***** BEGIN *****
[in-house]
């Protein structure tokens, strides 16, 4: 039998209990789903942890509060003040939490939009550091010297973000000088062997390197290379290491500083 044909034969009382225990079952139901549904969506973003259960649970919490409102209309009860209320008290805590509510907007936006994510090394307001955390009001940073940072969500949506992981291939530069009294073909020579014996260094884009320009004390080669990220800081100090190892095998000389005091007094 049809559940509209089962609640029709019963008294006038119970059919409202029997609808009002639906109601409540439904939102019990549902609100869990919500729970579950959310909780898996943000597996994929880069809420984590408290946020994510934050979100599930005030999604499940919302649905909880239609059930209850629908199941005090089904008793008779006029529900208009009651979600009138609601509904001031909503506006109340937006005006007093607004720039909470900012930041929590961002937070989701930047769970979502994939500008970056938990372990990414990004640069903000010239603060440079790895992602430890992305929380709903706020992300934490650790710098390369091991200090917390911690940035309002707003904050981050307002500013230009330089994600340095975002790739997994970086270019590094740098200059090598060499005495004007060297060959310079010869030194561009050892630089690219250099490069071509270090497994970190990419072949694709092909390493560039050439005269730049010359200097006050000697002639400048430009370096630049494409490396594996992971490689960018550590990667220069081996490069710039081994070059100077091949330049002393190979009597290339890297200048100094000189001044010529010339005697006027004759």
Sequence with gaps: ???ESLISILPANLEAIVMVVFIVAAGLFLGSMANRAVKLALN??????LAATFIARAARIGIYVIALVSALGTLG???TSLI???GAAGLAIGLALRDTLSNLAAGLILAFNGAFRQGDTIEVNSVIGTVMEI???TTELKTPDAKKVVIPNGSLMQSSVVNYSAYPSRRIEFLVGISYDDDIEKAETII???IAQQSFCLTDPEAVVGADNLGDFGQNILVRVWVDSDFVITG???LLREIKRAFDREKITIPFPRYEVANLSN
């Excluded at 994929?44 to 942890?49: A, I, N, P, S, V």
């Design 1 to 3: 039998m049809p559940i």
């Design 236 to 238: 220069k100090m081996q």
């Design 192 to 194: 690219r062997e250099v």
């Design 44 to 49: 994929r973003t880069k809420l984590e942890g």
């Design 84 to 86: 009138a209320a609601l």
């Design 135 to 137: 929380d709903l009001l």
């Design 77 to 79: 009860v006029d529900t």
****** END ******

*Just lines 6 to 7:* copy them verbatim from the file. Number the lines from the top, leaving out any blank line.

């Design 236 to 238: 220069k100090m081996q």
């Design 192 to 194: 690219r062997e250099v």